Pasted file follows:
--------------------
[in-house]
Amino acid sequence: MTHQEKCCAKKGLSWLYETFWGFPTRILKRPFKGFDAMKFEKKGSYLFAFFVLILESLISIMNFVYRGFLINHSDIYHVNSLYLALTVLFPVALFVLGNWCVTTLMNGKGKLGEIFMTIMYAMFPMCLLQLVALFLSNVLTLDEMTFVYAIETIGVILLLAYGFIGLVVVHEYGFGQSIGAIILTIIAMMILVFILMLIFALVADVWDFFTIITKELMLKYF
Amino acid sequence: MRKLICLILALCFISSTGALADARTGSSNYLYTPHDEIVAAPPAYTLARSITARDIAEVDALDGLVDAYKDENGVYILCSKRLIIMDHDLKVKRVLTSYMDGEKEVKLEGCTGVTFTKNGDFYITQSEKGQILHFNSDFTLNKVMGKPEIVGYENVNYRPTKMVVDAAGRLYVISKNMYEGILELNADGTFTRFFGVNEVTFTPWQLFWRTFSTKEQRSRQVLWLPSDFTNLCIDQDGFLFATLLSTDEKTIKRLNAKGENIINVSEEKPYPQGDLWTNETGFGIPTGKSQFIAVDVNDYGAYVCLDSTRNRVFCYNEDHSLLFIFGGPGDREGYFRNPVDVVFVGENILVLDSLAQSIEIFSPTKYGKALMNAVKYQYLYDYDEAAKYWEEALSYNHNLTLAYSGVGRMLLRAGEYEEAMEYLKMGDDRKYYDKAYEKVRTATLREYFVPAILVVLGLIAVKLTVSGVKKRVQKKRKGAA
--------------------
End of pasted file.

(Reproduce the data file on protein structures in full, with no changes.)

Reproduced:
[in-house]
Amino acid sequence: MTHQEKCCAKKGLSWLYETFWGFPTRILKRPFKGFDAMKFEKKGSYLFAFFVLILESLISIMNFVYRGFLINHSDIYHVNSLYLALTVLFPVALFVLGNWCVTTLMNGKGKLGEIFMTIMYAMFPMCLLQLVALFLSNVLTLDEMTFVYAIETIGVILLLAYGFIGLVVVHEYGFGQSIGAIILTIIAMMILVFILMLIFALVADVWDFFTIITKELMLKYF
Amino acid sequence: MRKLICLILALCFISSTGALADARTGSSNYLYTPHDEIVAAPPAYTLARSITARDIAEVDALDGLVDAYKDENGVYILCSKRLIIMDHDLKVKRVLTSYMDGEKEVKLEGCTGVTFTKNGDFYITQSEKGQILHFNSDFTLNKVMGKPEIVGYENVNYRPTKMVVDAAGRLYVISKNMYEGILELNADGTFTRFFGVNEVTFTPWQLFWRTFSTKEQRSRQVLWLPSDFTNLCIDQDGFLFATLLSTDEKTIKRLNAKGENIINVSEEKPYPQGDLWTNETGFGIPTGKSQFIAVDVNDYGAYVCLDSTRNRVFCYNEDHSLLFIFGGPGDREGYFRNPVDVVFVGENILVLDSLAQSIEIFSPTKYGKALMNAVKYQYLYDYDEAAKYWEEALSYNHNLTLAYSGVGRMLLRAGEYEEAMEYLKMGDDRKYYDKAYEKVRTATLREYFVPAILVVLGLIAVKLTVSGVKKRVQKKRKGAA